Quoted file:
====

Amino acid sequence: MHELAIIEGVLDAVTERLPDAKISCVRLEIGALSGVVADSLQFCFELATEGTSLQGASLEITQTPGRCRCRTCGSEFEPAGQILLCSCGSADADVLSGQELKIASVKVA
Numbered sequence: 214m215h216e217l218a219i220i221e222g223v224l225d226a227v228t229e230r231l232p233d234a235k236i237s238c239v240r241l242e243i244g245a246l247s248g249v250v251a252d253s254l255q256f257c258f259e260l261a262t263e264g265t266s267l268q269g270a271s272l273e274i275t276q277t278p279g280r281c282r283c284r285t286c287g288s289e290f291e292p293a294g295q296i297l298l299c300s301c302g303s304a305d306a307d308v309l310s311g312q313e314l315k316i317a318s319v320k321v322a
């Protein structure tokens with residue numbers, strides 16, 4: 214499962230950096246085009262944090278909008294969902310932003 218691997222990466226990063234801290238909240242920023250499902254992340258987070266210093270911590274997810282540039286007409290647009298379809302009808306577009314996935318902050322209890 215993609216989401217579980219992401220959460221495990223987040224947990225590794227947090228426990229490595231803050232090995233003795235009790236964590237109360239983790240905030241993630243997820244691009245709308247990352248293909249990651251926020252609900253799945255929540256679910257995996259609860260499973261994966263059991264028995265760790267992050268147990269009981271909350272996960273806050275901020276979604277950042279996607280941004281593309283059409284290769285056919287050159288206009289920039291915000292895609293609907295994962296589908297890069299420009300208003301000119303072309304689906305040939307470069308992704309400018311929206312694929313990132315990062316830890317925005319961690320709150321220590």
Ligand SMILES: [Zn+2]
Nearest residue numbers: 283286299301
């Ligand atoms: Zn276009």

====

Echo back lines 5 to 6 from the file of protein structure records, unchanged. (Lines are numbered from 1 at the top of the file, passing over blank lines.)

Nearest residue numbers: 283286299301
């Ligand atoms: Zn276009």